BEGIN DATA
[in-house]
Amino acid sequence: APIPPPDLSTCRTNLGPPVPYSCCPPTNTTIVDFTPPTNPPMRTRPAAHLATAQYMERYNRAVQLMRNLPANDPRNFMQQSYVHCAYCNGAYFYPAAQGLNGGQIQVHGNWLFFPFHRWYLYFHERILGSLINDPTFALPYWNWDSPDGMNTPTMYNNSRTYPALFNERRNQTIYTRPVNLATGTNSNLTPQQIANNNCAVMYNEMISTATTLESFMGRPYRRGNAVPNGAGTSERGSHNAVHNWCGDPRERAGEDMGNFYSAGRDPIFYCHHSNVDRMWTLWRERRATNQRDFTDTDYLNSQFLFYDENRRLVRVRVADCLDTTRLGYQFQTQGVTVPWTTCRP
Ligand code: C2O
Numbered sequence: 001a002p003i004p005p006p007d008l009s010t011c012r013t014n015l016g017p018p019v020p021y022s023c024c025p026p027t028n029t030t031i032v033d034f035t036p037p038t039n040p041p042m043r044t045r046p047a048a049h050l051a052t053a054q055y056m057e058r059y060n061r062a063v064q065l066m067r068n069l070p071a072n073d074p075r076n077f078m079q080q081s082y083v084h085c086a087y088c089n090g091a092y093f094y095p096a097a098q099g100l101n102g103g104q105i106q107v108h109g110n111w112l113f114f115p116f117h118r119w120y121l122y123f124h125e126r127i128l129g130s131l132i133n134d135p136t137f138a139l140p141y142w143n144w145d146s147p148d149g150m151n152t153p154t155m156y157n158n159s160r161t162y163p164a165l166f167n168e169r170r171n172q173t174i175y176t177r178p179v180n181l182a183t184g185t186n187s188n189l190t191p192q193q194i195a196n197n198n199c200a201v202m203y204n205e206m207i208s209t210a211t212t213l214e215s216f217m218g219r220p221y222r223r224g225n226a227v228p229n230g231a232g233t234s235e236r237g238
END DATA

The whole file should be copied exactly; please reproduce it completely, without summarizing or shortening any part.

[in-house]
Amino acid sequence: APIPPPDLSTCRTNLGPPVPYSCCPPTNTTIVDFTPPTNPPMRTRPAAHLATAQYMERYNRAVQLMRNLPANDPRNFMQQSYVHCAYCNGAYFYPAAQGLNGGQIQVHGNWLFFPFHRWYLYFHERILGSLINDPTFALPYWNWDSPDGMNTPTMYNNSRTYPALFNERRNQTIYTRPVNLATGTNSNLTPQQIANNNCAVMYNEMISTATTLESFMGRPYRRGNAVPNGAGTSERGSHNAVHNWCGDPRERAGEDMGNFYSAGRDPIFYCHHSNVDRMWTLWRERRATNQRDFTDTDYLNSQFLFYDENRRLVRVRVADCLDTTRLGYQFQTQGVTVPWTTCRP
Ligand code: C2O
Numbered sequence: 001a002p003i004p005p006p007d008l009s010t011c012r013t014n015l016g017p018p019v020p021y022s023c024c025p026p027t028n029t030t031i032v033d034f035t036p037p038t039n040p041p042m043r044t045r046p047a048a049h050l051a052t053a054q055y056m057e058r059y060n061r062a063v064q065l066m067r068n069l070p071a072n073d074p075r076n077f078m079q080q081s082y083v084h085c086a087y088c089n090g091a092y093f094y095p096a097a098q099g100l101n102g103g104q105i106q107v108h109g110n111w112l113f114f115p116f117h118r119w120y121l122y123f124h125e126r127i128l129g130s131l132i133n134d135p136t137f138a139l140p141y142w143n144w145d146s147p148d149g150m151n152t153p154t155m156y157n158n159s160r161t162y163p164a165l166f167n168e169r170r171n172q173t174i175y176t177r178p179v180n181l182a183t184g185t186n187s188n189l190t191p192q193q194i195a196n197n198n199c200a201v202m203y204n205e206m207i208s209t210a211t212t213l214e215s216f217m218g219r220p221y222r223r224g225n226a227v228p229n230g231a232g233t234s235e236r237g238